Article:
Honey Suckle is in bloom right now, so I suppose this must be HoneySuckle Winter which means pleasant temps, humidity and pop-up t-storms.
I till. I hoe. I sow.
It rains. It pours.
I till some more. I hoe some more. I sow some more.
Welcome to the Garden of Corrections.
Two rows of expertly planted Zinnia just didn’t come up. Several rows of treasured Sunflower were either washed away or didn’t come up. Most worrisome of all: There is no sign of the all-important Basil I sowed to keep those pesky deer away from my precious crop of Peruvian purple corn. Precious Marigolds are spotty, at best.
As Chief Corrections Officer of Groundhog Hill, I’ll be spending the next week correcting these inadvertent mistakes in between t-storms. If only I had a badge and a cool hat.
On a more Up note, I did lead a La Rue Family Creek Walk on Memorial Day.
I had hoped (incorrectly) by meeting at Groundhog Hill, my family members would comment on how great the garden looked or at the very least, offer to each take a row and pull up some Johnson Grass. None did.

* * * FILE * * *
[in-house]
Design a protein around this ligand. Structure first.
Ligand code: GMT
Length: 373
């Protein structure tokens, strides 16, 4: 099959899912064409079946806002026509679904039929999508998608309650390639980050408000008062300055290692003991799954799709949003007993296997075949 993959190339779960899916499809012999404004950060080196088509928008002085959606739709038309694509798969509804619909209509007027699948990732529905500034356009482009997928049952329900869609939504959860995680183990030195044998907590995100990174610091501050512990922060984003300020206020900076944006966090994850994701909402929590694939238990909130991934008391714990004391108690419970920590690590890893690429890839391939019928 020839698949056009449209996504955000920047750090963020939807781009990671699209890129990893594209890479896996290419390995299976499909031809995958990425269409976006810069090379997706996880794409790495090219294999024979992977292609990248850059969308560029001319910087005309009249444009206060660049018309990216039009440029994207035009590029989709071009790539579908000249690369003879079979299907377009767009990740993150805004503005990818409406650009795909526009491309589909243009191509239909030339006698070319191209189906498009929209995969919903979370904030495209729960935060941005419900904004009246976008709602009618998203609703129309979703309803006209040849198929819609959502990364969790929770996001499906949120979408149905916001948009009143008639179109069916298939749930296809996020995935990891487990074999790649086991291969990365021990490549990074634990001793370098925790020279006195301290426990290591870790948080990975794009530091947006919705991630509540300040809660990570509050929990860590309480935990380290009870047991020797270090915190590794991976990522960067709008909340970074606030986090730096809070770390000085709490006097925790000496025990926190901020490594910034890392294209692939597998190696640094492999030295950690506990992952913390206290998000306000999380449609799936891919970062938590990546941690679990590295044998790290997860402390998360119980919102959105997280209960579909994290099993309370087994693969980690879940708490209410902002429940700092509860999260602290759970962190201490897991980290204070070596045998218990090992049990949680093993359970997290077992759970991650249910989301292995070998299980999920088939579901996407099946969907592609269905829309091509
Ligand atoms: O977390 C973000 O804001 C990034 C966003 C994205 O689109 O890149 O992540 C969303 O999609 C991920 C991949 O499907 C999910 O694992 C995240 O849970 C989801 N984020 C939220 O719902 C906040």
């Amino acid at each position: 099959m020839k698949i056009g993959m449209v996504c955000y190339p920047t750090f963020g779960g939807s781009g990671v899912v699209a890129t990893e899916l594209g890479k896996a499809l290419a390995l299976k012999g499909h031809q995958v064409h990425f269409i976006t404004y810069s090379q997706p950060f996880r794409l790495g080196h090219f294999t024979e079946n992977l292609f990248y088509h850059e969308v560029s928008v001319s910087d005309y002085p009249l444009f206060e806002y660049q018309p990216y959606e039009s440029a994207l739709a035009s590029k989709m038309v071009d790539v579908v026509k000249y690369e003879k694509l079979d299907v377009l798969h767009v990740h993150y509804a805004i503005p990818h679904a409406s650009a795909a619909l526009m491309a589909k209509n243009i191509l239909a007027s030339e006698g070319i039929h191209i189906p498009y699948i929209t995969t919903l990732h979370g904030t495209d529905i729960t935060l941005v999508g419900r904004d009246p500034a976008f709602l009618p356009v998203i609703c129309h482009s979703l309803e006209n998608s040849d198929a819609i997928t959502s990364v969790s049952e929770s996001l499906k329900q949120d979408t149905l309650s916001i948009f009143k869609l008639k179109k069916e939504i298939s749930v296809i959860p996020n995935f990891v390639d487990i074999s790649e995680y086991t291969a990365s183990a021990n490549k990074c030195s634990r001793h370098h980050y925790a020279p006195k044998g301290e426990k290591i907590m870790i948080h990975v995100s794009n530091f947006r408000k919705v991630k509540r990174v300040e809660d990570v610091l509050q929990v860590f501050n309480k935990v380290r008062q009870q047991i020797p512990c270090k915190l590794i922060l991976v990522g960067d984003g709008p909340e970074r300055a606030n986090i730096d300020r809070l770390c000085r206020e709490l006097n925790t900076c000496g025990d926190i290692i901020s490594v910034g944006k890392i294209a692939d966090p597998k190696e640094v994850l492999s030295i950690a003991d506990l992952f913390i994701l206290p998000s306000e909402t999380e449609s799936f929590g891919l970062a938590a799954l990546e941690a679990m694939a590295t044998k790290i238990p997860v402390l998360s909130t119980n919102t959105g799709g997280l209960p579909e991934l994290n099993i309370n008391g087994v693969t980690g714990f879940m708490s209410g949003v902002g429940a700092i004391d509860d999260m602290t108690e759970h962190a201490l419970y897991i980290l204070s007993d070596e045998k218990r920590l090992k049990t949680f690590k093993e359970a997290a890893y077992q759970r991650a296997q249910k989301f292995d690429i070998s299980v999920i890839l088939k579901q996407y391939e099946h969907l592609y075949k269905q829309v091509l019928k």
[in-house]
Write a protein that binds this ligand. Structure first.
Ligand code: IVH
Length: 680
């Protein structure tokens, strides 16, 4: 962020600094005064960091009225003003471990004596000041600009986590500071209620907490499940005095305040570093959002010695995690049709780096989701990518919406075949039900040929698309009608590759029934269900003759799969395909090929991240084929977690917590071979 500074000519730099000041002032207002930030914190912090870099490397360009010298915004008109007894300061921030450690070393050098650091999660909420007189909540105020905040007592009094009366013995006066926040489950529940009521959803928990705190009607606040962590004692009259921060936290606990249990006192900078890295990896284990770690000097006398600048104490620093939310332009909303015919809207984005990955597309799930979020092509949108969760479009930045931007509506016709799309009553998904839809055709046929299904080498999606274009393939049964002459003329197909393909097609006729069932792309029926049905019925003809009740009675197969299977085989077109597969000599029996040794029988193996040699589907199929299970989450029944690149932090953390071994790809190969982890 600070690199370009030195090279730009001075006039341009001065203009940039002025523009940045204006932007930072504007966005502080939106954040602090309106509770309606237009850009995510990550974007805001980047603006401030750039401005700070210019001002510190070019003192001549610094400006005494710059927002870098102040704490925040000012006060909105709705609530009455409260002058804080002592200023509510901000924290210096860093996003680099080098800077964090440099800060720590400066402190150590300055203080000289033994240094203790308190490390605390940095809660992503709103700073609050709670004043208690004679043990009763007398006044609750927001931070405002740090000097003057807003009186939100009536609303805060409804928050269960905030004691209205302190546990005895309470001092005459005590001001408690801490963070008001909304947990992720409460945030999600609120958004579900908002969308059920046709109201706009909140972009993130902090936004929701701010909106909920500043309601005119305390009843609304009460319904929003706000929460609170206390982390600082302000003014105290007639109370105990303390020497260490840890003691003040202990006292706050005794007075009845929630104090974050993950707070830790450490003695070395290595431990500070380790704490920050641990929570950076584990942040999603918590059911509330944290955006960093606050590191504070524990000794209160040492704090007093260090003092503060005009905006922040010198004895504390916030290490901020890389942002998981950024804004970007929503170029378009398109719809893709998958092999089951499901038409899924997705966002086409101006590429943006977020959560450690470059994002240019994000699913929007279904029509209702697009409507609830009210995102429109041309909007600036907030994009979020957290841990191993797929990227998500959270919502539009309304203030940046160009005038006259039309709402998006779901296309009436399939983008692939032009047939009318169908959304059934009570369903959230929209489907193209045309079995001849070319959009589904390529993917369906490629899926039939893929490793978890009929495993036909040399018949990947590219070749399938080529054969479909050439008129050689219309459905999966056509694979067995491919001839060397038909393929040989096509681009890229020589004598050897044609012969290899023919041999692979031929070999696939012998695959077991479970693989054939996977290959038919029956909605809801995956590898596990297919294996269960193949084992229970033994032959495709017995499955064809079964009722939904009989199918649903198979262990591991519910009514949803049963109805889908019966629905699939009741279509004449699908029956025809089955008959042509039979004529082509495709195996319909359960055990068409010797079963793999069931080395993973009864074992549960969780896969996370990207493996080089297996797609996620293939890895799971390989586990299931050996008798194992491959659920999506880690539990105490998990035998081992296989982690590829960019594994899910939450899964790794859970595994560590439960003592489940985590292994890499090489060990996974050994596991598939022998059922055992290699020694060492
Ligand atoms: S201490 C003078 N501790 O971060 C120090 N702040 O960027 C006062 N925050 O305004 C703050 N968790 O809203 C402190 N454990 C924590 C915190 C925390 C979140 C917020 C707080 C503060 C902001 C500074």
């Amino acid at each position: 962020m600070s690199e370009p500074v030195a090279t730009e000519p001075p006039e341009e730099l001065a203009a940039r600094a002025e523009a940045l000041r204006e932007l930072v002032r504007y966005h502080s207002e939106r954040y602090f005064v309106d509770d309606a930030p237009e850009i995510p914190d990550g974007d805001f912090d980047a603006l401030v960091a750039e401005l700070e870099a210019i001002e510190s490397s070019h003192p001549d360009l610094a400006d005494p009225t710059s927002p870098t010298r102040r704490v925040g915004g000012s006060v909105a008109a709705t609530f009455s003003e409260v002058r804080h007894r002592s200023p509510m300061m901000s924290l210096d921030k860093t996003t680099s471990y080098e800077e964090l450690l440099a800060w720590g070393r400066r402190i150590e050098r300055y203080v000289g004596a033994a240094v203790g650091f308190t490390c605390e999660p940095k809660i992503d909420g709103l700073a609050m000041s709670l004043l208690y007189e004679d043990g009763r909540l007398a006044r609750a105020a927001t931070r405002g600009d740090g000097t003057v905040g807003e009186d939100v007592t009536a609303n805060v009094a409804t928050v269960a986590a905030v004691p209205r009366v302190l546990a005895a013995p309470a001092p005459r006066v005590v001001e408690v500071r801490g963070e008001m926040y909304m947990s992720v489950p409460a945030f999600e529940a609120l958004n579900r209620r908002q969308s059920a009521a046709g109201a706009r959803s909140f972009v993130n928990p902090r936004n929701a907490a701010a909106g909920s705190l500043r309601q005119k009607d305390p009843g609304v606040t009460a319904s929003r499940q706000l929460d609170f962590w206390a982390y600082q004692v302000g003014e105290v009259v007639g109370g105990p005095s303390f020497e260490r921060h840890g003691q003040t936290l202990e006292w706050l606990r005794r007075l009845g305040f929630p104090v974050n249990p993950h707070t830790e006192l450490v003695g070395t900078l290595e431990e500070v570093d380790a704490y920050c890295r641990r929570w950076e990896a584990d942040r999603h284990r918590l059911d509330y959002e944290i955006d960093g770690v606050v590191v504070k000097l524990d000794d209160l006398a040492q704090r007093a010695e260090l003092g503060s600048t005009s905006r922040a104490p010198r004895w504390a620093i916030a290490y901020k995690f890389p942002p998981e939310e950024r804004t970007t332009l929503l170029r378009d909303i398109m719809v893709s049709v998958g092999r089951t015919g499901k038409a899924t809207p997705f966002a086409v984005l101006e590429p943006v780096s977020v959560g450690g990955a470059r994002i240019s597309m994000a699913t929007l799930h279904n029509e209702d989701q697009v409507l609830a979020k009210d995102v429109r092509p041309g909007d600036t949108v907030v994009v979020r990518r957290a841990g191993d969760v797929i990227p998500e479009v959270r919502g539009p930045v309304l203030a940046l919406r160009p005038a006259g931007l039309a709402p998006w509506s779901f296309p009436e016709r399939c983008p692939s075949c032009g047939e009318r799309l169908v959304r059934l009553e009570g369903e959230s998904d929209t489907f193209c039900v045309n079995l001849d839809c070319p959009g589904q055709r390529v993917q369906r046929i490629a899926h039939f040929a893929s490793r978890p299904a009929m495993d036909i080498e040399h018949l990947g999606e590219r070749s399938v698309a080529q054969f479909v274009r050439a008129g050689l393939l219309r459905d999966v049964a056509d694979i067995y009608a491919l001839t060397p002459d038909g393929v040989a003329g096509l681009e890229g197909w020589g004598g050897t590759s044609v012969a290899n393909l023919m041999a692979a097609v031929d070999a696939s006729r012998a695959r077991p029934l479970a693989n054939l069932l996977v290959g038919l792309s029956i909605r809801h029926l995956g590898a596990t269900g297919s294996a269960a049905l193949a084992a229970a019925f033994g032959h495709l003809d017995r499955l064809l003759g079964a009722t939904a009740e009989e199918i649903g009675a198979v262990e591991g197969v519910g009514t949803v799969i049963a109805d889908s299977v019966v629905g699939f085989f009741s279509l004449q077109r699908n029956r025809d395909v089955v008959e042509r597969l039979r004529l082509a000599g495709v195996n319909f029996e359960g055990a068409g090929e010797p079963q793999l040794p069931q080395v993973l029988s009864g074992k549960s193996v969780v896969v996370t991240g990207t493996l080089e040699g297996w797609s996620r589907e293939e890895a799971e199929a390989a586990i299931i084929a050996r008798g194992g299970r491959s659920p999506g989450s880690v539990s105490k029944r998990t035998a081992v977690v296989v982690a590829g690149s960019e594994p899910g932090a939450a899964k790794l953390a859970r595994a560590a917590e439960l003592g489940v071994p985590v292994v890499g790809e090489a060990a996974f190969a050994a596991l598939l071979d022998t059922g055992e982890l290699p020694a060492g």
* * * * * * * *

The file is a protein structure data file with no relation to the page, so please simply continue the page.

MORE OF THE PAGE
Instead, we walked the creek armed with tobacco sticks and on the lookout for snakes. (Every person I mentioned this walk to prior to leading it immediately warned me “to watch out for snakes!” Thanks a lot, Robin Lee!)
What we found, though, was some beautifully clear water, a lot of minnows, and one very large turtle that wasn’t nearly as thrilled to see us as we were to see him. (Photo of turtle withheld to protect is privacy.)
Also, there was one very puzzling vacuum cleaner (an upright) stuck in the mud. Weird. We correctly removed newly discovered Hoover from the creek.
The highlight for me was seeing my great-nephews and great-niece excited about creek exploration. There were no exclamations of “we’re tired!” or “how much further?” Just a lot of running and wading and slipping on slick rocks. By the end of the mile-long walk, however, I felt like saying “Is anyone else hungry yet???”
Then, of course, there is that priceless Life Moment when a great-nephew, who up to this point in his very short life has spoken very little to me, reaches out for my hand to assist him in a particularly deep section of the creek. In that moment, our heretofore separate courses are corrected, and we become connected for the very first time. He may not remember it 20 years from now, but I shall.
Now, if he’d just learn to pull up some Johnson Grass, all would be swell.